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  • Mad Men, Competitive Women, and Invisible Hispanics
  • Miguel A. De La Torre (bio)

Peggy Olson is a copywriter at the fictitious Madison Avenue advertising firm Sterling Cooper Draper Pryce in the Emmy Award–winning television program Mad Men, set in the 1960s. In one scene, she sits at a bar being wooed by a potential suitor. When Peggy mentions one of her clients, an auto supply firm, her drinking partner informs her of a boycott being waged against that particular company for refusing to hire “Negros” in their stores down South. Soon the conversation drifts toward the civil rights movement, and the young man questions how Peggy can provide services to the company rather than hold them accountable for their racist policies. Apparently feeling criticized, Peggy responds: “Most of the things Negroes can’t do, I can’t do either. And nobody seems to care. . . . Half of the meetings take place over golf, tennis, and a bunch of clubs where I’m not allowed to be a member. Or even enter. The University Club said the only way I could eat dinner there was if I arrive in a cake. I’m sure they can fight their way in [to a job as a copywriter] like I did. Believe me, nobody wanted me there.”1

The encounter between the fictional character Peggy Olson and her suitor reflects the turmoil occurring under the surface of the early 1960s. Peggy symbolizes the millions of women of that era competing for a seat at the table in a male-dominated world. But simultaneously, African Americans were also striving for their own rights. Peggy’s response reveals the tension existing between white women and black men over issues of equality, a historical tension that can be traced back to the friction between Frederick Douglass and Susan B. Anthony and is still present today, as demonstrated during the 2008 Democratic [End Page 121] presidential primaries between Barack Obama and Hillary Clinton.2 But in a black-white and a male-female dualism, this Latino man must ask: Where do my people fit in the equation? Within dichotomies that envision structural injustices as either sexist or racist, Latinas/os become the “new white woman,” relegated to the passive position most white women during the 1960s felt that they occupied. Valerie Saiving may have asked, “Where Is the Woman?”3; but today, I must instead ask: Where Is the Hispanic?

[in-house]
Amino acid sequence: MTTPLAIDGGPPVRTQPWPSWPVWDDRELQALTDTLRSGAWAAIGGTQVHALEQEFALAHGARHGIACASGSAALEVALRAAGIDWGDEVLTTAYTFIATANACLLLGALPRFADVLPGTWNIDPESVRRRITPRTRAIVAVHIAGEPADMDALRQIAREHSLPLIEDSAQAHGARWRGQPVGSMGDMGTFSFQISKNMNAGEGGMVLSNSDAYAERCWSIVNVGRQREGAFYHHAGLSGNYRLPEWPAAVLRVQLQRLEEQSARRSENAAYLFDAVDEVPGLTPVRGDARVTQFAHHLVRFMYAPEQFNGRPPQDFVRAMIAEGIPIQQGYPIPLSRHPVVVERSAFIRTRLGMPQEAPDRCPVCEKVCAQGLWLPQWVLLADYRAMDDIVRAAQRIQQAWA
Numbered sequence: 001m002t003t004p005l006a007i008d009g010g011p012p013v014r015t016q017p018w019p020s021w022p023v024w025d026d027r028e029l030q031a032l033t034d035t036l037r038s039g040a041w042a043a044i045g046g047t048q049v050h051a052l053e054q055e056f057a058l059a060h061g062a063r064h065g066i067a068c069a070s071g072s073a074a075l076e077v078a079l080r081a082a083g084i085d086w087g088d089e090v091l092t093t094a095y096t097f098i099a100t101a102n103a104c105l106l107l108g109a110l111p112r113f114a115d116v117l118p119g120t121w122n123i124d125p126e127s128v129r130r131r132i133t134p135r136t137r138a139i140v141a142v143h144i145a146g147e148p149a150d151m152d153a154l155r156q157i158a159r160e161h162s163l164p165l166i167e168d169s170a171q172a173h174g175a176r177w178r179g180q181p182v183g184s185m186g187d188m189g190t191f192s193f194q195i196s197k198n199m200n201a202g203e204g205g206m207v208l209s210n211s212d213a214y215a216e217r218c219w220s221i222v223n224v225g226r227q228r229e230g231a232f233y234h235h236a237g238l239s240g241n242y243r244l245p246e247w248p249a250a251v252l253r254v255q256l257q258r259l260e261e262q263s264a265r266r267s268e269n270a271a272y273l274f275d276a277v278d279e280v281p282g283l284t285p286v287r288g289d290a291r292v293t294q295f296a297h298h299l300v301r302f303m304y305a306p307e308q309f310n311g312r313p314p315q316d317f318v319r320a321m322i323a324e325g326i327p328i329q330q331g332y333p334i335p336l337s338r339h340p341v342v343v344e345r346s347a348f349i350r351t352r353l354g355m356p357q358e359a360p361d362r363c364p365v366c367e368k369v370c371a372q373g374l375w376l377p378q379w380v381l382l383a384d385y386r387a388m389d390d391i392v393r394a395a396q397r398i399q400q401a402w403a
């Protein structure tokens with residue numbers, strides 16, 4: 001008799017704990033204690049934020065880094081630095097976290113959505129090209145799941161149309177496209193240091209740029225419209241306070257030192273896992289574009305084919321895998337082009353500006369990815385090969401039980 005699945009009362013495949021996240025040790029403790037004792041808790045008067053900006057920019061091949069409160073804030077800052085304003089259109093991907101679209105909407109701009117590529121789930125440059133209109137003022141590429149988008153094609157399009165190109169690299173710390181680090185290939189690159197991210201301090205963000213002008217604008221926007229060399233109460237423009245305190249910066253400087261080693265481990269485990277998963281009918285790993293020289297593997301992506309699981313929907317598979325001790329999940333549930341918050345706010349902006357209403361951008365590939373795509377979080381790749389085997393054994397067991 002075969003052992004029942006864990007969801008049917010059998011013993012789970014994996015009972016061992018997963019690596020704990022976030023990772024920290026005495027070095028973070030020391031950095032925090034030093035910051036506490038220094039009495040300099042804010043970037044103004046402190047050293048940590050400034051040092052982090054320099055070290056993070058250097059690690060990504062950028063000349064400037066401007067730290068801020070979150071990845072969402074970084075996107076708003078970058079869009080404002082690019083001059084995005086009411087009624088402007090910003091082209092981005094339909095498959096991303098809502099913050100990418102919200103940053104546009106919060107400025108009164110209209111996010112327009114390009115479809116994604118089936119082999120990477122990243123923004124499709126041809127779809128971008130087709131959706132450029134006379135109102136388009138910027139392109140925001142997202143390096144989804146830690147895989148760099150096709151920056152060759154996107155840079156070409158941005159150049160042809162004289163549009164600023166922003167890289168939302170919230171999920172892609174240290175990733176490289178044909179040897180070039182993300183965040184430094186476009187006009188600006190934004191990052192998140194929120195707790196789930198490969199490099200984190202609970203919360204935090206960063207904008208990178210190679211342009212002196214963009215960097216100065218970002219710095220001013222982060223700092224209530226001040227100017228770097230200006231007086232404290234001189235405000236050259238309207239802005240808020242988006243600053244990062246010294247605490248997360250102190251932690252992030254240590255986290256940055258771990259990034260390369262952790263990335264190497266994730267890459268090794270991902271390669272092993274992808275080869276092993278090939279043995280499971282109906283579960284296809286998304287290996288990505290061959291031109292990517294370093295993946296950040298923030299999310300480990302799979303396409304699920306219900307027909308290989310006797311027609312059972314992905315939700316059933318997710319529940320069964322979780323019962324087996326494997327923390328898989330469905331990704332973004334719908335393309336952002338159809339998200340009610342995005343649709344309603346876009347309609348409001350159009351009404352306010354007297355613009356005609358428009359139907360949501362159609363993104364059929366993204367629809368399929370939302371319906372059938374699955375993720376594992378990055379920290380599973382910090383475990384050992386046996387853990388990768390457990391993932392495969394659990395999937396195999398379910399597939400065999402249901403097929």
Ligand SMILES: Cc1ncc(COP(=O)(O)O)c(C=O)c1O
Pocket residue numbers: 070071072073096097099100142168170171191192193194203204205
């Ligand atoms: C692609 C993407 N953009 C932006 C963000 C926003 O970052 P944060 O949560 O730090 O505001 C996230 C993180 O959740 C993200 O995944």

Emma lived two floors above us in our tenement building in Queens, New York, during the 1960s, and was one of many Latinas who left for the office buildings in Manhattan at 6:00 p.m. each evening to empty trash cans, dust furniture, sweep floors, and mop hallways. If there would have actually been a Sterling Cooper Draper Pryce on Madison Avenue, Emma would have been cleaning up after Peggy Olson. Not surprisingly, there is no character on the show that lifts up Emma’s story for the viewers to consider. She, along with most Latinos/as, remains invisible. True, blacks in the era of Mad Men, when Reinhold Niebuhr and Valerie Saiving were writing, lived, and still do, in a society where structural racism exists. And yes, women are forced to operate, then and now, in a society where structural sexism is ever-present. Still, by creating neat dichotomies, not only are Hispanics, along with communities of color, excluded from the discourse, but the goals of liberation are dwarfed to the benefit of those still grasping for their power and privilege.

Niebuhr, like Peggy Olson’s young liberal suitor, was in favor of black civil rights. However, for him, racism was reduced to a manifestation of the sin of pride; an outwork and/or application of his Augustinian anthropology: “All human groups are essentially proud and find that pride very convenient because it seems to justify their special privileges and to explain the sad state of the [End Page 122] underprivileged. It is this combination of selfishness and pride which makes the problems of group relationships so difficult.”4 For Niebuhr, humanity was beset by the selfishness of hubris—“will to power” dependent upon woman’s negation of self. But as Saiving reminded us, the...


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pp. 121-126
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